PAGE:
Mike Males over at the Center for Juvenile and Criminal Justice has insight into the “mammoth growth in prisoners age 55 and older, from 7,000 in 1979 to 33,000 in 1995 and 124,000 by 2010.” Usually, Males writes, those in the criminal justice reform community attribute the rise to punitive policies that keep people in prison for a long time, like Three Strikes and mandatory sentencing. But, Males says, a new Human Rights Watch report inadvertently sheds light on a different culprit:
Center for Juvenile and Criminal Justice
By Nicole Jones
The Center on Juvenile and Criminal Justice in San Francisco released a report this week that shows California counties have the capacity to implement Governor Jerry Brown’s plan to eliminate the state’s youth prison system.
Brown announced his plans in January to eventually fade out the Division of Juvenile Justice system by 2014. The proposal would have counties share $10 million to develop local alternatives to housing youth in state facilities. But it’s raised some concerns from counties and law enforcement, saying they lack adequate secure juvenile placement facilities for high-risk youth offenders the DiJJ currently serves.
Almost a year after seemingly giving up on the idea, Governor Jerry Brown again announced that he’ll close the Division of Juvenile Justice, California’s youth prison system. The DJJ, known as the California Youth Authority (CYA) until a lawsuit prompted a system overhaul and inspired a corresponding name change, is slated for gradual shutdown starting this year, according to Brown’s proposed budget.
In 2012, a big shift will hit California’s electoral system: open primaries. Open primaries, brought in by voters through 2010′s Proposition 14, will allow the top two vote-getters in any primary for state office to advance to the general election, which means we could see districts with two Republicans or two Democrats competing in a general election. California’s biggest lobbying groups, among them some of the biggest law enforcement groups in the country, are grappling with what this new system will mean to them, in a state that’s undergoing a shift in how the public views our traditionally tough-on-crime approach. I sat down with Sasha Abramsky, a reporter for the Nation, Rolling Stone, and other publications, to talk about how this change might play out. Abramsky published a report earlier this week with the Center for Juvenile and Criminal Justice called “Sacramento’s K-Street Lobbyists: The criminal justice inner circle.” In that piece, Abramsky analyzed the influence of California’s largest criminal justice lobbys, like the California Correctional Peace Officers Association (CCPOA), and how they’re approaching this shift in electoral politics.
California has what one might call a “pressing problem” when it comes to the prison system. In May, the US Supreme Court confirmed a lower court’s conclusion that California’s prison system is so overcrowded that inmates are being held in conditions that violate the 8th Amendment’s ban on cruel and unusual punishment. So the state was told to do something about this overcrowding, and fast.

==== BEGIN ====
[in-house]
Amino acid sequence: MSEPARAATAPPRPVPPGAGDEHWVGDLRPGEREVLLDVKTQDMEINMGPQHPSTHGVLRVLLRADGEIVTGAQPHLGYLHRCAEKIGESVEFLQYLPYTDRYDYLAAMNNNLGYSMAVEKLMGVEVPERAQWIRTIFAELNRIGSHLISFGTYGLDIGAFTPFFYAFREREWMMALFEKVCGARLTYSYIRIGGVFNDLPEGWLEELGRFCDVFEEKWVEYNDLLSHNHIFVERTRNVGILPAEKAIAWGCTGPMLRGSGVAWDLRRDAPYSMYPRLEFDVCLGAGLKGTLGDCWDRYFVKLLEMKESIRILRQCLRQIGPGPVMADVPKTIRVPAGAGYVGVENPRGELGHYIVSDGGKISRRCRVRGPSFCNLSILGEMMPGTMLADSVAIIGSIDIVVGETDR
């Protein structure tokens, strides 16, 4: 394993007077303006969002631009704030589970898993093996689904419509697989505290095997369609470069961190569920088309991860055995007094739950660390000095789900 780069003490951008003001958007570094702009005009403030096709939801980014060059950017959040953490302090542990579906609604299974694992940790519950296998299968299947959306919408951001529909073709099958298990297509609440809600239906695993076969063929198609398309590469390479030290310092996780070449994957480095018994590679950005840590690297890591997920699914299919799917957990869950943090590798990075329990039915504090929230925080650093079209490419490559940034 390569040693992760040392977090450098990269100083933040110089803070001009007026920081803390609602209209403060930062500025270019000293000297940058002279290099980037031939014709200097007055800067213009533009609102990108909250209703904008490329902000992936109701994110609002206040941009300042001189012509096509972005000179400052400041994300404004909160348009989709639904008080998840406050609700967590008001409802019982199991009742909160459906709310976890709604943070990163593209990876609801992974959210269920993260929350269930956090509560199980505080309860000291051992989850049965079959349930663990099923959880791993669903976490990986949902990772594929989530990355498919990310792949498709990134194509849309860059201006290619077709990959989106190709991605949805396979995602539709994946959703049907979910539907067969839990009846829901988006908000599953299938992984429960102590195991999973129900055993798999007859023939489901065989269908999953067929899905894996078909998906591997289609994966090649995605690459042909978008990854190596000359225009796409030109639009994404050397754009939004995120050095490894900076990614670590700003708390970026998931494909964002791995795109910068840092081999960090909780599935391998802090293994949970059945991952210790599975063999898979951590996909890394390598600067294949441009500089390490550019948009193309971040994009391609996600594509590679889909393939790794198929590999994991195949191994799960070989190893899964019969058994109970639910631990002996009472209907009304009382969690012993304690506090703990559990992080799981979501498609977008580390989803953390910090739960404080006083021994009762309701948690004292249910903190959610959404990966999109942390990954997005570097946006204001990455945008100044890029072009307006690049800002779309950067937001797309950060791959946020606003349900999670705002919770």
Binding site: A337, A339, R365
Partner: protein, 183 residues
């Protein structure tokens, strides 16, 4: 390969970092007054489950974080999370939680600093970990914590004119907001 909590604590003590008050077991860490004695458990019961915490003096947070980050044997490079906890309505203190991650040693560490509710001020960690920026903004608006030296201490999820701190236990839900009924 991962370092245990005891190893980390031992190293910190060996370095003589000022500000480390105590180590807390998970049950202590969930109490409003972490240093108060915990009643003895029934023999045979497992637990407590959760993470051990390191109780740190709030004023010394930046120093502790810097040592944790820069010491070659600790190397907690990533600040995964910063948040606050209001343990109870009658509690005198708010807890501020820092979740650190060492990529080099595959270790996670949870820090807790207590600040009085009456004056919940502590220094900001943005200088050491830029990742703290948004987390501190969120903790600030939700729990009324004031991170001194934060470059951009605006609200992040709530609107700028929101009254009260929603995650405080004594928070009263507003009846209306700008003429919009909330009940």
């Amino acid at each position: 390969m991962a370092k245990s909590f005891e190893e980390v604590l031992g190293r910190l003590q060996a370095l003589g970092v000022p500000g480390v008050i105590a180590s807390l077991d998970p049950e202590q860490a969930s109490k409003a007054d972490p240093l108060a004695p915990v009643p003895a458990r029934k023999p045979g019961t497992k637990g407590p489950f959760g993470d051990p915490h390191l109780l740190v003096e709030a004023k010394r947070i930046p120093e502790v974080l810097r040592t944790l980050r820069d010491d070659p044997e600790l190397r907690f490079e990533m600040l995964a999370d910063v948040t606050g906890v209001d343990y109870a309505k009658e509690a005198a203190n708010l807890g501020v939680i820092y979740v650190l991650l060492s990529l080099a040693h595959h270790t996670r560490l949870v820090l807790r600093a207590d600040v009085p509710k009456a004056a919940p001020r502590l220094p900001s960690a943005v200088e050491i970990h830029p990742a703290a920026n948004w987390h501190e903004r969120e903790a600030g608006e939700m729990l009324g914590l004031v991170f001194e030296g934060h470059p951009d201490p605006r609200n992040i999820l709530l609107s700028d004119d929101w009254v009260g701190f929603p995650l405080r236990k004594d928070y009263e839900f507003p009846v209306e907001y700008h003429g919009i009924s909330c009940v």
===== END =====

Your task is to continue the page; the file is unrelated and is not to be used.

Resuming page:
Basically, by the end of June, 2013, the state will have to reduce its prison population from 144,000 inmates to 110,000 inmates. How? California, led by Governor Jerry Brown, has a plan: move supervision and incarceration of lower-level felons to the counties. That plan goes into action on October 1 of this year. Realignment is set to drastically change the way we do criminal justice in California. Here’s why.
When Governor Jerry Brown proposed sending 30-40,000 prison inmates back to county jails to help free up space in California’s overcrowded prisons and save the state some cash, he encountered a good deal of resistance.
The state, counties said, would have to pay for these new responsibilities. ”Otherwise they’re just shifting their problems down to counties,” Allan Krauter of the Kern County Administrative Office told KERO, the local ABC affiliate. ”We’re willing to help, but as equal partners, not as victims of this whole thing.”
The “victim” message echoed in a lot of counties after Brown’s announcement and eventually contributed to the governor backing down a bit on the “realignment” of prison services. But the blame game is a tough one in this debate over who’s responsible for California’s jam-packed, expensive prison system. Why? Because while it may be a popular line to credit the state for the large number of people in prison, the truth of the matter is that counties sent all those inmates there–and some, like Kern County, sent more than others.
Earlier this month, Governor Jerry Brown proposed some dramatic changes to close the state’s $28 billion budget gap. One was shutting down the Division of Juvenile Justice (DJJ), California’s youth correctional system. The DJJ has been the subject of lawsuits and public outcry for years. So some prison reformers are celebrating the potential closure. Others doubt the plan will work. But everyone agrees it’s time we reexamine a fundamental societal question – when kids get in trouble, even when they commit horrible crimes, what should we do with them?
This piece ran on our nightly news program, Crosscurrents, last night. Audio above and transcript after the jump.